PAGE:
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Fear on the Radio: Cognitive and emotional responses to high-fear high-imagery messages
Unformatted Document Text:  hypothesis: H2: Heart rate will be faster for high-imagery, high-fear messages compared to low-imagery, high-fear messages after exposure when participants are instructed to think about a message. Given that negative messages result in attention being allocated externally to the message it could be that the experience of negative emotion is what interferes with the ability to allocate attention internally to mental imagery. Previous research has shown that negative emotion can be measured with facial EMG by measuring activity over the Corrugator muscle (Eckman, 1993). This study will explore the possibility that negative emotion interferes mental imagery during exposure by testing the following hypothesis: H3: Corrugator muscle activity will be greater during exposure to high-imagery, high-fear messages compared to low-imagery, high-fear messages. Previous research has also demonstrated that both negative emotion and imagery are production features that intensify arousal (Lang, Dhillon & Dong, 1995; author cite) as evidenced by increased skin conductance. This leads to a final hypothesis: H4: Skin conductance will be greater during exposure to high-imagery, high-fear messages compared to low- imagery, high-fear messages. Method Independent Variable Imagery Imagery is conceptually defined as production features of radio that engage listeners in imagery processing. According to previous research sound effects and descriptive wording increase the imagery level of a radio announcement (Miller & Marks, 1997). Imagery will be manipulated through the presence of sound effects and descriptive wording in the copy. Dependent Variables Attention Attention is mental effort put into processing the radio announcements. Heart rate will be obtained as a measure of attention. Participants’ heart rate will be measured for a five second baseline prior to onset of each message, time-locked to exposure to each message and for a 30 second post-exposure period during which participants will be instructed to think about the message they just listened to. Heart rate will be collected as

Authors: Bolls, Paul., Mendelson, Andrew. and Popeski, Wayne.
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hypothesis:
H2: Heart rate will be faster for high-imagery, high-fear messages compared to low-imagery, high-fear messages
after exposure when participants are instructed to think about a message.
Given that negative messages result in attention being allocated externally to the message it could be that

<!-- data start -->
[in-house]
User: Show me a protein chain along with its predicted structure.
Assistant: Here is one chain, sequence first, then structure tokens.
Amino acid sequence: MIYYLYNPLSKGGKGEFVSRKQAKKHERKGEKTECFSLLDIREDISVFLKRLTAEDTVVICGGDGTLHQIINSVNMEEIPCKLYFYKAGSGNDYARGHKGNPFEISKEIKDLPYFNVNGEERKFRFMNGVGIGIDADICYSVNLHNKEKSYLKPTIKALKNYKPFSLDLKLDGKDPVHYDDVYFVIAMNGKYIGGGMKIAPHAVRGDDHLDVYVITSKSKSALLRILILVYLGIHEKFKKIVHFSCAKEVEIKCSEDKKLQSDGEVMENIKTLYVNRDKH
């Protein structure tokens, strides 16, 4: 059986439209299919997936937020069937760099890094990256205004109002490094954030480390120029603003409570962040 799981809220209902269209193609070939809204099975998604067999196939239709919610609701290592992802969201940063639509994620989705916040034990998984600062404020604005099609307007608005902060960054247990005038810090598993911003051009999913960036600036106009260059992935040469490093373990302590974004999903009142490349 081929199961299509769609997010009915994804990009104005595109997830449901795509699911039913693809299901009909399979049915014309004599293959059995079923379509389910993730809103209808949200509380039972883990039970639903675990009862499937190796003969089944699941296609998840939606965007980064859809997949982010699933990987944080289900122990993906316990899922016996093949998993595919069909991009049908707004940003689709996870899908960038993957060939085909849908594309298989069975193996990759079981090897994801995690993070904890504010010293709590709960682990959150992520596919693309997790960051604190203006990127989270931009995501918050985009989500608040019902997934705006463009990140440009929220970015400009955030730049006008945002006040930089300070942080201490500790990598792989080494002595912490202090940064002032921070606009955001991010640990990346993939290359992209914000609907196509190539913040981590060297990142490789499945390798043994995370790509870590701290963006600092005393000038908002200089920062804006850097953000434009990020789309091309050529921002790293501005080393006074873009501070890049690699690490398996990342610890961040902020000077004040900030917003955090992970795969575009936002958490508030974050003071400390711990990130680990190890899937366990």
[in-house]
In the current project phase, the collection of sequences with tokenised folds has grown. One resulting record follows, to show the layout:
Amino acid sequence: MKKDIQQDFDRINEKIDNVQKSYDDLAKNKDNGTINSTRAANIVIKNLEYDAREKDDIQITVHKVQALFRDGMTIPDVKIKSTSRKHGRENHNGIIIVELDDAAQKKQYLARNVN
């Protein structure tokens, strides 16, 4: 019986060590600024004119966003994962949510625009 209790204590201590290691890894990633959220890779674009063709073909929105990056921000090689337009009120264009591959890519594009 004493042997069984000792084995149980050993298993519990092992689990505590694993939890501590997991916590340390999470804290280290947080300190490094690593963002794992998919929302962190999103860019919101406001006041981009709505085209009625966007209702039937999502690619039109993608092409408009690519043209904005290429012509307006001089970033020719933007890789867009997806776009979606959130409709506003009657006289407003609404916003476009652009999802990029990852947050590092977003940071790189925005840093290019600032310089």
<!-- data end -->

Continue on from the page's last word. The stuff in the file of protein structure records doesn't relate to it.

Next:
the experience of negative emotion is what interferes with the ability to allocate attention internally to mental
imagery. Previous research has shown that negative emotion can be measured with facial EMG by measuring
activity over the Corrugator muscle (Eckman, 1993). This study will explore the possibility that negative emotion
interferes mental imagery during exposure by testing the following hypothesis:
H3: Corrugator muscle activity will be greater during exposure to high-imagery, high-fear messages compared to
low-imagery, high-fear messages.
Previous research has also demonstrated that both negative emotion and imagery are production features
that intensify arousal (Lang, Dhillon & Dong, 1995; author cite) as evidenced by increased skin conductance. This
leads to a final hypothesis:
H4: Skin conductance will be greater during exposure to high-imagery, high-fear messages compared to low-
imagery, high-fear messages.
Method
Independent Variable
Imagery
Imagery is conceptually defined as production features of radio that engage listeners in imagery processing.
According to previous research sound effects and descriptive wording increase the imagery level of a radio
announcement (Miller & Marks, 1997). Imagery will be manipulated through the presence of sound effects and
descriptive wording in the copy.
Dependent Variables
Attention
Attention is mental effort put into processing the radio announcements. Heart rate will be obtained as a
measure of attention. Participants’ heart rate will be measured for a five second baseline prior to onset of each
message, time-locked to exposure to each message and for a 30 second post-exposure period during which
participants will be instructed to think about the message they just listened to. Heart rate will be collected as


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